Until this week, the federal government officially considered Eric Taylor McDavid a threat to the nation, a radical eco-terrorist who plotted to bomb or torch the Nimbus Dam, a U.S. Forest Service lab and cellphone towers in the Sacramento region.
The former college student and house-framer from Foresthill was so dangerous that, after a 10-day trial in Sacramento in 2007, he was sentenced to nearly 20 years in federal prison in a case touted by the FBI as a shining example of its success in fighting domestic terrorism.
Then, the government changed its mind, conceding that thousands of pages of evidence that should have been given to McDavid’s defense attorney years ago – including love notes to a young woman who turned out to be an FBI plant – had instead been secretly held in an FBI file in Sacramento until recently. The best course of action, the government ultimately decided, was to set McDavid free.
The result was an extraordinary hearing in federal court Thursday morning in Sacramento, during which a judge ordered McDavid released from custody after demanding answers from prosecutors about how such a lapse could have occurred.
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“I’ve never heard or seen of anything like this,” said U.S. District Judge Morrison C. England Jr., who originally sentenced McDavid. The judge ordered him released in accord with an unusual agreement between prosecutors and his appellate attorneys.
McDavid, now 37, spent three days shy of nine years in custody and agreed Thursday to plead guilty to a lone conspiracy count that would have earned him, at most, a five-year prison sentence.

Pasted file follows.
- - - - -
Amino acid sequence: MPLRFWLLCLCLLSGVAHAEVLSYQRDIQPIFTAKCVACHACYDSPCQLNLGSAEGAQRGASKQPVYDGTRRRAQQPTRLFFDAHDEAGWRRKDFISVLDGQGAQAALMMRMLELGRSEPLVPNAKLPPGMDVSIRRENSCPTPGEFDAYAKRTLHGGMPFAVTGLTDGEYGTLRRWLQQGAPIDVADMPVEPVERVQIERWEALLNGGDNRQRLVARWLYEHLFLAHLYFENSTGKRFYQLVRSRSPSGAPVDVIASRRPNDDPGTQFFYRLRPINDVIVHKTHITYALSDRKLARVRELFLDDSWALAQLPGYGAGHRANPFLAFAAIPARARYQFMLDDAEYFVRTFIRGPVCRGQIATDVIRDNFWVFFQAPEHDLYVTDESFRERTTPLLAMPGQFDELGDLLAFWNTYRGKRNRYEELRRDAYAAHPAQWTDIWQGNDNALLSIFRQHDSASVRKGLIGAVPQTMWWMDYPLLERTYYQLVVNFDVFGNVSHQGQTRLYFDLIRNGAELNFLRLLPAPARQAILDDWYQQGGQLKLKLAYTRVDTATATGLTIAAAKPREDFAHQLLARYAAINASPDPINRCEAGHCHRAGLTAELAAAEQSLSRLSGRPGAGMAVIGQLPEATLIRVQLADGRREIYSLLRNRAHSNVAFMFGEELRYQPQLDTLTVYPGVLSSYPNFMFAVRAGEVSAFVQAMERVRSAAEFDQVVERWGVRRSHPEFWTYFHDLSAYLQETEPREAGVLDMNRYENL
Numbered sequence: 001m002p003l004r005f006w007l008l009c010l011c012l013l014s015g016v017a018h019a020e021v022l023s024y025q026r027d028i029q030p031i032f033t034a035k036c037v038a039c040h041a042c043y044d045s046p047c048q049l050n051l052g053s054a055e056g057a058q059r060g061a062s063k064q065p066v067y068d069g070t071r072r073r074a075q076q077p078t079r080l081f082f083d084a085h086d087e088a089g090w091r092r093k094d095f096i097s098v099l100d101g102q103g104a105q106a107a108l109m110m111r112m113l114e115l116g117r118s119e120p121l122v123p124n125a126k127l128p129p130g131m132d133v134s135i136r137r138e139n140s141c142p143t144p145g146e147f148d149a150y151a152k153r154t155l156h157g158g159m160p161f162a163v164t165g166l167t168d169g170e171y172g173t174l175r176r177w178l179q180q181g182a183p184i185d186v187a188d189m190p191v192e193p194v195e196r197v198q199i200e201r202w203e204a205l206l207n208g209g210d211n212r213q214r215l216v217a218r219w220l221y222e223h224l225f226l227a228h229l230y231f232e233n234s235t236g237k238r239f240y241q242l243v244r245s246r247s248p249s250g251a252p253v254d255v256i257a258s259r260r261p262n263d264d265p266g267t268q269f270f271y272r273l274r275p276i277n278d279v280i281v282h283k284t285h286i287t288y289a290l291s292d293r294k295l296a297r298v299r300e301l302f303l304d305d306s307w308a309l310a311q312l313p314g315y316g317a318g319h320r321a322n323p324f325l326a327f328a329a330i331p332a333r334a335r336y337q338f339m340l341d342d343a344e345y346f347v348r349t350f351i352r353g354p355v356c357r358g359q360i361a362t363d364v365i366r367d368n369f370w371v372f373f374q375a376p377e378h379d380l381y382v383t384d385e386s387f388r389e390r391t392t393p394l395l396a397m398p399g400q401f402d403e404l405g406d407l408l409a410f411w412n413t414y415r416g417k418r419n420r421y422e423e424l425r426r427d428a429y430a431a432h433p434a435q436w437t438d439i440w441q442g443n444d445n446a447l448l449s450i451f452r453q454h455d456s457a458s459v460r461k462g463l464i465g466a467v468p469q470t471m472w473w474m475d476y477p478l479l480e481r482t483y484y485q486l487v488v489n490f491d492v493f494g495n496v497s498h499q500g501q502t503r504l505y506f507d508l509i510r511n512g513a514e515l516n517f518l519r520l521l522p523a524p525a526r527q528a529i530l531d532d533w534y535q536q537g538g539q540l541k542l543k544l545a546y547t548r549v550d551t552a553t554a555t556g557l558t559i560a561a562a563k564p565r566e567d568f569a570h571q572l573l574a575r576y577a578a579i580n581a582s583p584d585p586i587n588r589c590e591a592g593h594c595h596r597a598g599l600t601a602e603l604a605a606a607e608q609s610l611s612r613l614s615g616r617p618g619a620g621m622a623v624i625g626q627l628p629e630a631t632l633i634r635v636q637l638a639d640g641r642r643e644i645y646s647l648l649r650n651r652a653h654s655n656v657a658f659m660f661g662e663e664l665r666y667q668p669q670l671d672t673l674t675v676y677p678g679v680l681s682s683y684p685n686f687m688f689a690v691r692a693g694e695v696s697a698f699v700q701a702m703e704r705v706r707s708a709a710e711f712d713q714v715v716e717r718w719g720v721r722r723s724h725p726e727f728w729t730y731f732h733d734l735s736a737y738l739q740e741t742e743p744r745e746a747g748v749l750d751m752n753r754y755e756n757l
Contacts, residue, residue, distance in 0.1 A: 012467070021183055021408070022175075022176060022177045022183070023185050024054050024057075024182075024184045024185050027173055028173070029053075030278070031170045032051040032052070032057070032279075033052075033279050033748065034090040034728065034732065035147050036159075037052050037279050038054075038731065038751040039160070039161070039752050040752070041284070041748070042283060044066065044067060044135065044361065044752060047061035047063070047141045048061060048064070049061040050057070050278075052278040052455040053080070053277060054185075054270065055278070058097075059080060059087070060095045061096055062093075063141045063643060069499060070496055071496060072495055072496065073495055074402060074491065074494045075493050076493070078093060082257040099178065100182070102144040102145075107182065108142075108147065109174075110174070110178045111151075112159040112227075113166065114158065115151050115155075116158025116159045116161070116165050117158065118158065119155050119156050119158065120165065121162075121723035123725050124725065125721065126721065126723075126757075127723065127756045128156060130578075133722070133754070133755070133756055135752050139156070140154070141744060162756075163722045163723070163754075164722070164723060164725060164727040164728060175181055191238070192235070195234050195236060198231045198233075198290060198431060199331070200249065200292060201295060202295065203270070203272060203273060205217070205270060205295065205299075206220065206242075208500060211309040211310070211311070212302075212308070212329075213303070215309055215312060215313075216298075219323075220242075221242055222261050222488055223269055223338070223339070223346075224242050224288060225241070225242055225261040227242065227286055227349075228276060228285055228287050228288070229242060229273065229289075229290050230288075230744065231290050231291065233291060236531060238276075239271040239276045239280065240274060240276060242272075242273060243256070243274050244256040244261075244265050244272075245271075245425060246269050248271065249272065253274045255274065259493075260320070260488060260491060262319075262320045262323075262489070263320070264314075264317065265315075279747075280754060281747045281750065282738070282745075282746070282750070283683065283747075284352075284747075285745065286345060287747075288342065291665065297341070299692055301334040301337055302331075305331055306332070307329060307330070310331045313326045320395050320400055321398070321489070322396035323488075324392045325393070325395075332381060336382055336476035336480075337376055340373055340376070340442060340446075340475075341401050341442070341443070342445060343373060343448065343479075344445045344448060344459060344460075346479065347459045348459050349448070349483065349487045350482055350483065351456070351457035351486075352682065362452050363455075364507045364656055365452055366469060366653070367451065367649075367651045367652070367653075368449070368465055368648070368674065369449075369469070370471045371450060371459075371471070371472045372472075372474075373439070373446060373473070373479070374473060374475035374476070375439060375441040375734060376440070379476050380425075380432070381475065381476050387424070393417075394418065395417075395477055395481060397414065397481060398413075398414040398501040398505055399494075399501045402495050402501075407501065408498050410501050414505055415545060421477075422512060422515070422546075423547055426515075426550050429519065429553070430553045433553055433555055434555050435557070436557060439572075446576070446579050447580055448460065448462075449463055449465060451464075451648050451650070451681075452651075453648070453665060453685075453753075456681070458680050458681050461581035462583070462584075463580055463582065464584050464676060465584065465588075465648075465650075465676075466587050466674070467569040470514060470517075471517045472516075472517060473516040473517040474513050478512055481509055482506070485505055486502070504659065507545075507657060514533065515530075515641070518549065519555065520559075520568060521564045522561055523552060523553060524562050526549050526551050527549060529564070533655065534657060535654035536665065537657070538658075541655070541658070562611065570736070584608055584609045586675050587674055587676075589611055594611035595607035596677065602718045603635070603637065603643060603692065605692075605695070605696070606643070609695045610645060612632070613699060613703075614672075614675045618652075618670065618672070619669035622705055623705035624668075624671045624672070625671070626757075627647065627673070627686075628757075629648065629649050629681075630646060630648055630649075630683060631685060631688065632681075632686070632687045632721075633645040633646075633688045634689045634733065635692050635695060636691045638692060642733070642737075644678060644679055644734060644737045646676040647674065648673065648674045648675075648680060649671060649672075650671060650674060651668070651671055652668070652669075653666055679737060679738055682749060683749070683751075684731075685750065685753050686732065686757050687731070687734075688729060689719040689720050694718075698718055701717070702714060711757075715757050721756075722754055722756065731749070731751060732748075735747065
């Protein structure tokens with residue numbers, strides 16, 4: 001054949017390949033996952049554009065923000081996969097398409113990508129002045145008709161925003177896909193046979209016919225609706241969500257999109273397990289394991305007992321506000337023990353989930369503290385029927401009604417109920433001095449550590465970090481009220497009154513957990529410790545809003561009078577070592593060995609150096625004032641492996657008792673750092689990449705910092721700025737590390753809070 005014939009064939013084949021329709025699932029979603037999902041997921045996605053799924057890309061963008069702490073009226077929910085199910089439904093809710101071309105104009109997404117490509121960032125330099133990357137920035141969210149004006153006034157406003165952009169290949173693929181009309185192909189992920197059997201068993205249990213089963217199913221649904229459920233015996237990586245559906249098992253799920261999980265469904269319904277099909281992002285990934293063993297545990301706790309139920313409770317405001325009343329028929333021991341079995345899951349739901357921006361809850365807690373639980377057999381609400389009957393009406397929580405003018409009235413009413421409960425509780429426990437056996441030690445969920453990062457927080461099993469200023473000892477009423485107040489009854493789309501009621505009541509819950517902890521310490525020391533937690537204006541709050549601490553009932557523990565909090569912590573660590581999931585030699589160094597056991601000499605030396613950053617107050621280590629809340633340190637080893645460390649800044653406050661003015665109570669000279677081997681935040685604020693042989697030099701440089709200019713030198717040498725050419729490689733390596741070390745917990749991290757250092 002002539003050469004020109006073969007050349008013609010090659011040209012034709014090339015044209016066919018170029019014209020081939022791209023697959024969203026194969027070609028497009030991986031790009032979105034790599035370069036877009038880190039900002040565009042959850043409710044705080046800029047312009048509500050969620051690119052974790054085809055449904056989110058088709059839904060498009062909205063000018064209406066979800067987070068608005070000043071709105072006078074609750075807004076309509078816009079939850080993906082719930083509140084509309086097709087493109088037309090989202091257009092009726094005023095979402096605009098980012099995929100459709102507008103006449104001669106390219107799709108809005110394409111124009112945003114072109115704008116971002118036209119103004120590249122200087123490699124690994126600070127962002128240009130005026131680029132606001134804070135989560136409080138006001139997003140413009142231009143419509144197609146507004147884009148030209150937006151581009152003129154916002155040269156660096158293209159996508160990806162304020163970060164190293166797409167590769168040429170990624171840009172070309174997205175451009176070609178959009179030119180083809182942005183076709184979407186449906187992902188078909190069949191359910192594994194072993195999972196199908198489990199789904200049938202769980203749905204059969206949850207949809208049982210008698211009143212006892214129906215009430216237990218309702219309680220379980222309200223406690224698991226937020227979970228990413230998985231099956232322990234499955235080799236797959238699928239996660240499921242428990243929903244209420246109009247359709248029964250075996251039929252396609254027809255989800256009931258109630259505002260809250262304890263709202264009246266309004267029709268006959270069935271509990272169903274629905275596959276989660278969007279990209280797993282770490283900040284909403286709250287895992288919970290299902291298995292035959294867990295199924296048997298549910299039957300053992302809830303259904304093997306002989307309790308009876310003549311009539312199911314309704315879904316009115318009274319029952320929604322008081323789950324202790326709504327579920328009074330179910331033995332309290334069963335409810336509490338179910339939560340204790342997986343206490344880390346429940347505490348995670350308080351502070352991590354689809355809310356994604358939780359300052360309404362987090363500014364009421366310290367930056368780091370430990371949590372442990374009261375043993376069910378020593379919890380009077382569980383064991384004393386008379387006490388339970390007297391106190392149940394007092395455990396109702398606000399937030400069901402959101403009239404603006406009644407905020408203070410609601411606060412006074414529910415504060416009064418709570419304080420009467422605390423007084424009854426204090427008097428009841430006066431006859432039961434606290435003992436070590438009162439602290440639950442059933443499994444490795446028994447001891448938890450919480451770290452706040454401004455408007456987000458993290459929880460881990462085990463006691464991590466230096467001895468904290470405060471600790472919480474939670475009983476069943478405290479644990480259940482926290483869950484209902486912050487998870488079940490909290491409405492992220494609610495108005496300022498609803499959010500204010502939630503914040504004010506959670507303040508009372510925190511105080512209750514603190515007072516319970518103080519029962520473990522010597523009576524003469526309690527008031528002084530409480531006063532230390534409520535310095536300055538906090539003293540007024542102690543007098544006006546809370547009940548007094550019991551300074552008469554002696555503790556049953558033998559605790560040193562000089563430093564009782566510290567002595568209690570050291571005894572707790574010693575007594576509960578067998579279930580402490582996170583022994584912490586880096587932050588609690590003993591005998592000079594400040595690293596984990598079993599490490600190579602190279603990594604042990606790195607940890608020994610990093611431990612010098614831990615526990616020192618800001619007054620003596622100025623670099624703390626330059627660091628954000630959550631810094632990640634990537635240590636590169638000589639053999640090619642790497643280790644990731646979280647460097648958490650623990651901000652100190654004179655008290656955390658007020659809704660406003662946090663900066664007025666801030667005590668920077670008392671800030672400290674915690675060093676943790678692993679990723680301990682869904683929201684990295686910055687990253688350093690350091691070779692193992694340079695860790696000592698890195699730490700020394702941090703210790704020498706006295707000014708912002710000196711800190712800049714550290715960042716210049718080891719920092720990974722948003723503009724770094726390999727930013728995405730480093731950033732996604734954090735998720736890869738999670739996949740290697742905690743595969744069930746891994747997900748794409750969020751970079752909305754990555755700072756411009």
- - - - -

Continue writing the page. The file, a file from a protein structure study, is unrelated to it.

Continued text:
In essence, the deal was crafted between the two sides to make the whole mess go away, and England reluctantly signed off on it.
McDavid had been housed at the Sacramento County Main Jail since Tuesday night, after being brought from his prison cell at the Terminal Island federal prison near Los Angeles in anticipation of England approving the settlement. His first taste of freedom came about 4 p.m. as he emerged from the federal building downtown and fell into the waiting arms of his parents, George and Eileen McDavid; his sister Sarah; and his girlfriend, Jenny Esquivel.
McDavid left custody looking far different than the young man who stood trial while his two alleged accomplices took plea deals and testified for the government at his trial. He is gaunt, most of his hair is gone, and he has grown a bushy orange beard.
He left without speaking to reporters.
His mother said she had asked him earlier if he wanted to sleep in his own room at home.
“He goes, ‘Mom, I don’t care, I will just sleep on the front lawn or something,’ ” Eileen McDavid said.
Despite Thursday’s guilty plea, his supporters say McDavid was never guilty of anything more serious than falling for a comely 18-year-old woman he met at an Iowa meeting in 2004, a woman who later prodded him to take violent action against government targets with promises that they would later consummate a romantic relationship.
The woman, named in court documents and at the trial only as “Anna,” turned out to be an FBI informant and played a critical role in McDavid’s arrest, as well as his release Thursday.